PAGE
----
Michelle Nyanzira, Chronicle Reporter
Communities have been challenged to identify vulnerable children so that they can be taken into children’s homes as most of the facilities are running below capacity.
Speaking during a tour of John Smale and Khayelihle orphanages in Bulawayo yesterday, the Deputy Minister of Public Service, Labour and Social Welfare, Lovemore Matuke said due to Covid-19 the Government was committed to ensuring the children are comfortable.
He handed over donations valued at about US$6 000 that included masks, sanitizers and wheelchairs to cater for children at the orphanages during the lockdown.
“We are calling upon people who know children who are vulnerable from rural and urban areas to bring them to these institutions so that they are catered for by the Government. We also want to interact with staff and see whether they have any challenges. We distributed sanitizers and masks to ensure their safety as we are going through this Covid-19 era,” he said.
Superintendent in charge of John Smale Mrs Evelyne Shura said: “We have a capacity to have 72 children: 36 girls and 36 boys but for the meantime we have 38 children- 26 girls and 12 boys. We teach the children survival skills through keeping pigs and chickens. There is also gardening. Our children are making it in life. One child is at the University of Zimbabwe studying law, the other one is at Women’s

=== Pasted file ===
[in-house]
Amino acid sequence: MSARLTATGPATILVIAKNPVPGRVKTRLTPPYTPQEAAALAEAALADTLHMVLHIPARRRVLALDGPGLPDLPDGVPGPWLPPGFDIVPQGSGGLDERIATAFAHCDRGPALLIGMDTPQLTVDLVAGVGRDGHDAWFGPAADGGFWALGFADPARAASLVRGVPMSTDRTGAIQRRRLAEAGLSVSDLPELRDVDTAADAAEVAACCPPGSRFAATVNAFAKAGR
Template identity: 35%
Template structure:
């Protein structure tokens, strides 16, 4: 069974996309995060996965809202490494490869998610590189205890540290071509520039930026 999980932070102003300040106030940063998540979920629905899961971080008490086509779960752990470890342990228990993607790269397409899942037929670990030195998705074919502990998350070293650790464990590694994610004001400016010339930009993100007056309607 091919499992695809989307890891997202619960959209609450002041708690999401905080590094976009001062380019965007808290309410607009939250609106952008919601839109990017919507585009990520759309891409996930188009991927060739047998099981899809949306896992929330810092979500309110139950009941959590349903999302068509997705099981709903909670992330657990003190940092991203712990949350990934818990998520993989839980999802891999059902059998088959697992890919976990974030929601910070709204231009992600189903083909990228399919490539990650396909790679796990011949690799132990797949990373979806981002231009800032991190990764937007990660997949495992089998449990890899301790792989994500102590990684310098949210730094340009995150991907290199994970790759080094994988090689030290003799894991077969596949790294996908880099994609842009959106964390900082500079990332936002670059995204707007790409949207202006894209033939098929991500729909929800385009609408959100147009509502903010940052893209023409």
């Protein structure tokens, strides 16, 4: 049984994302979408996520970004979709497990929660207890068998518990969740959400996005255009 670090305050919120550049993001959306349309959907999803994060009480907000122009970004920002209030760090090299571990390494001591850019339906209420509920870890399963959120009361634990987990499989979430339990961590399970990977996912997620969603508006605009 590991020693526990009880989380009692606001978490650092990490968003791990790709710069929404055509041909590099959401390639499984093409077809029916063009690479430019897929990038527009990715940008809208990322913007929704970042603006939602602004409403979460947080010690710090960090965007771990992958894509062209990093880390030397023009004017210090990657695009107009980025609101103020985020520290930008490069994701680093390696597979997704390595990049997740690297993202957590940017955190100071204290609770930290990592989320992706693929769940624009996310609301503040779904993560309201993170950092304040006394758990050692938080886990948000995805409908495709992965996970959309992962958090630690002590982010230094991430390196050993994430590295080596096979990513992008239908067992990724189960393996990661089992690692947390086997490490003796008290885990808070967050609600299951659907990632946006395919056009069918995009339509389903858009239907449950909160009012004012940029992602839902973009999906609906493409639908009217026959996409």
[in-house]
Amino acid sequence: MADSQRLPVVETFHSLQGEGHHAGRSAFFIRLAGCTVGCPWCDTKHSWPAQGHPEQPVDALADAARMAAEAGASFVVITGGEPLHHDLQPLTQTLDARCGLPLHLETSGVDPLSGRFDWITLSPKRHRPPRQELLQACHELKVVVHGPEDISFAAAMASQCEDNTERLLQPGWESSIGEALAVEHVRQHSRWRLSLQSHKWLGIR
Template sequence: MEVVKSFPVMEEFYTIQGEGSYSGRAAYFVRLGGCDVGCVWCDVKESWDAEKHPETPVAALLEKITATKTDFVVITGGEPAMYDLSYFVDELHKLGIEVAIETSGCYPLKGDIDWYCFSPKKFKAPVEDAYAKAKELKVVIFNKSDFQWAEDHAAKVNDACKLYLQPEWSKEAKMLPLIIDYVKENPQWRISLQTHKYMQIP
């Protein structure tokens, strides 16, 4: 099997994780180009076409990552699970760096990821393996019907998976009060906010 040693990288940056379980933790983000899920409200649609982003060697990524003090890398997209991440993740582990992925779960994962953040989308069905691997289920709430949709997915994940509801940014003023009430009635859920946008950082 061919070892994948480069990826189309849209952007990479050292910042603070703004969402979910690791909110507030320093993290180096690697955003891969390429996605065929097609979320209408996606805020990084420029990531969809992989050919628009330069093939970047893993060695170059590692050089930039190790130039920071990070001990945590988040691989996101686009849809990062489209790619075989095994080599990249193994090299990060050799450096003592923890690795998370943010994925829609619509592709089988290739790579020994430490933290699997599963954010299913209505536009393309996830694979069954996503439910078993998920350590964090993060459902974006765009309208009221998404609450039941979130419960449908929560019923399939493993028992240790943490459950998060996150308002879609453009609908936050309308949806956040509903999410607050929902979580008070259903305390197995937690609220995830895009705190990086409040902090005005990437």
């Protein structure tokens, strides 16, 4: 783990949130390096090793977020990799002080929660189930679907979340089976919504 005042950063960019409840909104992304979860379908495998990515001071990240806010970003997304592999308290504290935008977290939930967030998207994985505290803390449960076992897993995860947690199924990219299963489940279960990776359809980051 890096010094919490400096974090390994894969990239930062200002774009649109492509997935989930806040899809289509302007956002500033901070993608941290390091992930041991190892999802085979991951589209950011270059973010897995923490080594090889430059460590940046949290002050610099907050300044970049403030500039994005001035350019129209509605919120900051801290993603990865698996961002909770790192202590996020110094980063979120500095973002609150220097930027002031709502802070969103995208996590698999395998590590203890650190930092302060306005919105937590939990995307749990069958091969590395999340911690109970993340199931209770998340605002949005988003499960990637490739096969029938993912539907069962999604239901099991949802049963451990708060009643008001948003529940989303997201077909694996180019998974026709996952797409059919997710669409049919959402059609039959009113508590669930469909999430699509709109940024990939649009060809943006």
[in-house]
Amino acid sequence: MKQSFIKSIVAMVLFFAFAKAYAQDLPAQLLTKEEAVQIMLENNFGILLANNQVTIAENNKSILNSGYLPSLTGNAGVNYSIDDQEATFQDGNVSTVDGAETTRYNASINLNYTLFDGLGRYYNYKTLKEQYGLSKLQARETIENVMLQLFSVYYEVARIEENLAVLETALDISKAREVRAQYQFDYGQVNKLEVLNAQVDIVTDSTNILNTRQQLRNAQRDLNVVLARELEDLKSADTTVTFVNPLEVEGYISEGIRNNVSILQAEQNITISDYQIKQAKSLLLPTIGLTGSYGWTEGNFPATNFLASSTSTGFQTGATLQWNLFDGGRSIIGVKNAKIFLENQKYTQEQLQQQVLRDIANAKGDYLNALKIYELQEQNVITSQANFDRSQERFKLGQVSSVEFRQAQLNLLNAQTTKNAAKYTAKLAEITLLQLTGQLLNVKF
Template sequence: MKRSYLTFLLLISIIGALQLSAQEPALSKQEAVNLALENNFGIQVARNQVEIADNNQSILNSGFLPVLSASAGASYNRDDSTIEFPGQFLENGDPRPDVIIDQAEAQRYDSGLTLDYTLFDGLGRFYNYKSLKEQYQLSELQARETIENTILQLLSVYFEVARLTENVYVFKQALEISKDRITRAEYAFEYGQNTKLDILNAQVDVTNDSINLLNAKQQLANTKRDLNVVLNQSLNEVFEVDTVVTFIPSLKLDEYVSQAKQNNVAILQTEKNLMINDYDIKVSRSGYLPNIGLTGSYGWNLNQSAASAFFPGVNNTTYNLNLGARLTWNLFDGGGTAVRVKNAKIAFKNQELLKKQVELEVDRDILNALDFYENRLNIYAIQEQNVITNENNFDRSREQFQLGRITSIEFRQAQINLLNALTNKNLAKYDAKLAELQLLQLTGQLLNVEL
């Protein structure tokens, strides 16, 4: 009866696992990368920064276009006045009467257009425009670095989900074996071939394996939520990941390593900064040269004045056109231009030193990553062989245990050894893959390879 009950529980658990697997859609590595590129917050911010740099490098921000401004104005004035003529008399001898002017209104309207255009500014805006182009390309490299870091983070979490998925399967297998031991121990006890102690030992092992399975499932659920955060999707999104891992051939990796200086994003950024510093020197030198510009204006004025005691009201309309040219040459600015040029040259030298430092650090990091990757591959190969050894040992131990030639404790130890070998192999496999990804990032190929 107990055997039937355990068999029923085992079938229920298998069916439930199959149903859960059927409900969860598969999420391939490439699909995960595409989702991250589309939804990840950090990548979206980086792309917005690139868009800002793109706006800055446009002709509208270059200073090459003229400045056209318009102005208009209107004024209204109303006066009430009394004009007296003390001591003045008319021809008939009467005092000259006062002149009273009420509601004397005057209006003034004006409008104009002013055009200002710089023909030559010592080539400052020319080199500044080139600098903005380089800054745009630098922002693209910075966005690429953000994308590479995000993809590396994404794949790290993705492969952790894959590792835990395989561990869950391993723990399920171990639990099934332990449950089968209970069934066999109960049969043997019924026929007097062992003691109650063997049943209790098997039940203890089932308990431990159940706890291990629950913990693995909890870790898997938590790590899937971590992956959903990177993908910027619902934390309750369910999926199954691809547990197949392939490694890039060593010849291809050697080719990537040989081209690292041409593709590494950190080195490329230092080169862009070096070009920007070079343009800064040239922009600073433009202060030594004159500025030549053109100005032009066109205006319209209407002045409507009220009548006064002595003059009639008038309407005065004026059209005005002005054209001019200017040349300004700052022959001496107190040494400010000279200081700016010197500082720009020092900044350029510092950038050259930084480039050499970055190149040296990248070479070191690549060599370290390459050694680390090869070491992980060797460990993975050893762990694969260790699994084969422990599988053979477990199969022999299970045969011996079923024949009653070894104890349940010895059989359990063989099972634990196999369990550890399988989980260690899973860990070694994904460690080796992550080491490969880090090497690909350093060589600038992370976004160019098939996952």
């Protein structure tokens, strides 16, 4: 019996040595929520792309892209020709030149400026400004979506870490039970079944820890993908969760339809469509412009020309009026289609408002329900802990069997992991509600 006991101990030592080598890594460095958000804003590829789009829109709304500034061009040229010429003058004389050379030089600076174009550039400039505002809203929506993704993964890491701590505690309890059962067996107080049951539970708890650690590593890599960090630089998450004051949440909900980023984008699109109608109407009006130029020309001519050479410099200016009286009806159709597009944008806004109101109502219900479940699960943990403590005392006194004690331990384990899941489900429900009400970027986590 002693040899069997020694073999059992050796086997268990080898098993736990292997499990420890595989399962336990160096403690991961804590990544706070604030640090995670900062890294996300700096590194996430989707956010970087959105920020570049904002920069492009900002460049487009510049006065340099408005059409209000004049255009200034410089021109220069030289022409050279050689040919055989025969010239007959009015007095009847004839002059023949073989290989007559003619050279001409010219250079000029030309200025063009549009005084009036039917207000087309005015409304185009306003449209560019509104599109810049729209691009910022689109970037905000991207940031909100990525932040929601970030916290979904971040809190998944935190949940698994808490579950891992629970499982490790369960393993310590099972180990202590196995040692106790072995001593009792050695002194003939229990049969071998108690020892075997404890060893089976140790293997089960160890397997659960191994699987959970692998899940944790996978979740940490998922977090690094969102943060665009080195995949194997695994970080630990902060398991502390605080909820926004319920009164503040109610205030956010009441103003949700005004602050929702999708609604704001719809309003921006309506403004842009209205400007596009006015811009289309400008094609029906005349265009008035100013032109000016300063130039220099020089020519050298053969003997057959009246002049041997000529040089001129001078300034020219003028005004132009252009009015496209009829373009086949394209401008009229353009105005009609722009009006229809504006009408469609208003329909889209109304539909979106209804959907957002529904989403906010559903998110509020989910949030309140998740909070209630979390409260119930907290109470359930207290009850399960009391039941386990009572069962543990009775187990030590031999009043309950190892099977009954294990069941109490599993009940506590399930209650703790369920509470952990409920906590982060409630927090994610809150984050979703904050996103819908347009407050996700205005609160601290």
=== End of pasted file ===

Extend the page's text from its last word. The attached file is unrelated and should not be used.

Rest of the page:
University studying social work and another is starting this September. Some are doing well manually as one is enrolled at Ebenezer doing Agriculture.”
She said the home faced challenges.
“We don’t have a vehicle to ferry children to hospitals or when they have tours, we rely on our province,” she said.
Mrs Shura appealed for help to renovate some dormitories amid fears that ceilings may collapse. Director of Khayelihle Mrs Vimbai Vuma said they have 48 children – 26 girls and 22 boys.
“We are grateful to have received these supplies as they will help us during these trying times and we will be able to keep our children safe,” she said.
Deputy Minister Matuke also visited ChildLine Zimbabwe that defends and promotes the rights of children through provision of safe, confidential and child friendly reporting and counselling.
ChildLine Matabeleland South Region Co-ordinator Mr Douglas Jumbe said anyone who knew a child that was being abused should call the 116 tollfree help line.
“We have been able to provide these services free of charge, courtesy of the Government that supports us through Potraz,” he said.
Most children were calling because they had lost a relative and we would offer debriefing support making sure they are able to accept what had happened and move on with life. During this time when we are losing a lot of loved ones and are not given time to grieve there will be many calls. We have been receiving calls about violence against children where they are being abused by people they know.
We are happy to say that through the buddy system together with the department of social development we have managed to follow up on some cases and used the national case management system. As a result, we have removed some children from those places, conducted counselling to parents and family group conferences.”
Deputy Minister Matuke applauded ChildLine for playing their role of protecting children with [email protected]